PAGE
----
TransportAthens has a dense network of Trolleybus and Autobus. In order to fight against pollution, an increasing share of the buses runs on natural gas for vehicles (GNV).
Le subway, whose first line, named ISAP, date of 1904, was supplemented in 2000 by two modern lines and extends to the airport. A line of Tramway is in construction and was brought into service for the Olympic Games of 2004.
Un the RER, of French type also connects the central station (Larisis) to the suburbs attic in direction of the airport - it borrows the same way as the subway between Doukissis Plakentias and the Elefthérios-Vénizélos international airport.
Ce last, built by a German company, is very recent and replaced old Elliniko.
À this public transport, it is necessary to add the taxis, omnipresent in the Helene capital, and which have the characteristic to take at the same time several passengers going vaguely in the same direction.
Before these developments, to move in Athens proved very problematic, that it is because of the outdatedness of the equipment or the slowness of the traffic. A contribution of OJ of 2004 thus consists of this effective network subway-tram-bus which seems to have brought a solution to the problem of Athenian transport. Nevertheless, the tram is not priority on the remainder of the traffic, which causes a certain slowness and obstacle thus its performances.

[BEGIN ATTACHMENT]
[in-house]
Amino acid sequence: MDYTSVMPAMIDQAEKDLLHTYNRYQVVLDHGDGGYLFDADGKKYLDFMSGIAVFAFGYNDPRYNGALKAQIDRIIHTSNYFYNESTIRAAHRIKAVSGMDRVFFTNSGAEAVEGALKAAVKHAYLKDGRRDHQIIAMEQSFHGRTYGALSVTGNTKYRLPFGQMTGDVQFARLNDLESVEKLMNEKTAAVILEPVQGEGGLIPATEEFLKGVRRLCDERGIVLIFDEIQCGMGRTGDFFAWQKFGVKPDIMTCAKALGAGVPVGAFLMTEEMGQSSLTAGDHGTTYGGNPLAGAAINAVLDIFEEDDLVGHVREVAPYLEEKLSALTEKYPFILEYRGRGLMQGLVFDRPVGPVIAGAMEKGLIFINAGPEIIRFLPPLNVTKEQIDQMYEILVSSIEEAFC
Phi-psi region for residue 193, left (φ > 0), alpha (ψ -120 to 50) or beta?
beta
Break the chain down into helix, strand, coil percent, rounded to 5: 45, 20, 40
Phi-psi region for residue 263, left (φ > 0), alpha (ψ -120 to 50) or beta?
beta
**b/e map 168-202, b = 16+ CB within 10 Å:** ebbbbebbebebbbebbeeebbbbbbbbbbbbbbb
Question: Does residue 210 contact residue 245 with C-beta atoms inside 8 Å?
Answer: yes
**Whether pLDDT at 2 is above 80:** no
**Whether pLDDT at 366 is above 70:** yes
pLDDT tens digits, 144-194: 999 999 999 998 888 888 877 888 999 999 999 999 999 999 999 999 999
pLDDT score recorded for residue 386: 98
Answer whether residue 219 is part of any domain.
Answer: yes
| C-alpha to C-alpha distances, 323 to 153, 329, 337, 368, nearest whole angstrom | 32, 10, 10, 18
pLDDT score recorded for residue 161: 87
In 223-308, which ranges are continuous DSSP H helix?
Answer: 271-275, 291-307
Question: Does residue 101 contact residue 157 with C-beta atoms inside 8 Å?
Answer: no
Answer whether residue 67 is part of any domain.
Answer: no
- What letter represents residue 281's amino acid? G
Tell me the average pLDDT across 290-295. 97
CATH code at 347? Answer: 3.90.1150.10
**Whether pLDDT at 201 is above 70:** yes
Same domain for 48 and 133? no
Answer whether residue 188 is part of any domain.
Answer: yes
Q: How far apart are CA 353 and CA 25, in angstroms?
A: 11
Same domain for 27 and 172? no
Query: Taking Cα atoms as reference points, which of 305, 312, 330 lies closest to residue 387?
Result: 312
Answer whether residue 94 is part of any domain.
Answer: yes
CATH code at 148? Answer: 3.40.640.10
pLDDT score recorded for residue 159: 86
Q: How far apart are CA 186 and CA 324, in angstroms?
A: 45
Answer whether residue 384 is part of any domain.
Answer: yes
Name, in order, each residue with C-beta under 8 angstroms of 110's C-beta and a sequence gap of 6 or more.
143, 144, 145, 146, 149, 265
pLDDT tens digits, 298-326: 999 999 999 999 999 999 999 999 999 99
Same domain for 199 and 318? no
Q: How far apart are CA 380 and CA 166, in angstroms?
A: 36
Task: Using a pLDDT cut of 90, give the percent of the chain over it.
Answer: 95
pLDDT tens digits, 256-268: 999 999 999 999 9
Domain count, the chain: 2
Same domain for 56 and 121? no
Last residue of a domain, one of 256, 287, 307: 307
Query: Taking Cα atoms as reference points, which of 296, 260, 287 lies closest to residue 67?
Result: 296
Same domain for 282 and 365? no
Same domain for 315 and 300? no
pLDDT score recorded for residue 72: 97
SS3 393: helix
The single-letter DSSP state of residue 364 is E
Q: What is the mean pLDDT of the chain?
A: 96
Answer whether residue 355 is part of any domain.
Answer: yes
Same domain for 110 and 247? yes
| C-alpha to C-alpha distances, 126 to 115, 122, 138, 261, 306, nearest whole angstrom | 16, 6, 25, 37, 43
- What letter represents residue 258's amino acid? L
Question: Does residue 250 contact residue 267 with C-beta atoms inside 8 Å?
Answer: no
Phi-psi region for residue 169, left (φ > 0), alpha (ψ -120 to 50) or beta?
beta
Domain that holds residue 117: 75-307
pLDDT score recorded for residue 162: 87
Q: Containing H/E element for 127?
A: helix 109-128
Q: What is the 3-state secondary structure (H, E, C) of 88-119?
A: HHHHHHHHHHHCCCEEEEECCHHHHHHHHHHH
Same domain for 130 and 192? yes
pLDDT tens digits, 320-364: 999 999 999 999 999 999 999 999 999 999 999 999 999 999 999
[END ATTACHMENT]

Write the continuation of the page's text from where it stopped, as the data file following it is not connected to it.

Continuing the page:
Places of interest
Monuments and museums
- the Agora of Athens (nerve center of the ancient city) and its museum;
- the Roman Agora and the Tower of the Winds (a hydraulic Clock built with I er);
- the theater of Dionysos;
- the Stage Panathénaïque, remade by Hadrian and Hérode Atticus and renovated in 1896;
- the archaeological National museum of Athens which shelters one of the largest collections of art of ancient Greece;
- the Byzantine and Christian Museum of Athens created for the collections of the Christian archaeological Company;
- the national Art gallery of Athens;
- the Museum Bénaki;
- the Museum of art cycladic;
- the Olympion, or temple of Zeus;
- the ancient necropolis of Ceramics and its museum.
- University of Saving in Athens
- French School of Athens: institution re-elected for its archaeological work.
- port of the Pirée.
the large market of Athens;
- the flea market of Monastiraki;
- streets of Kolonaki with its shops knack and its museums of contemporary art;
- the mount Lycabette, from where one has a panoramic sight of the city;
- the district of Pláka, oldest of Athens and one the most animated of;
- the Place Syntagma and the old royal palace which shelters the Parliament.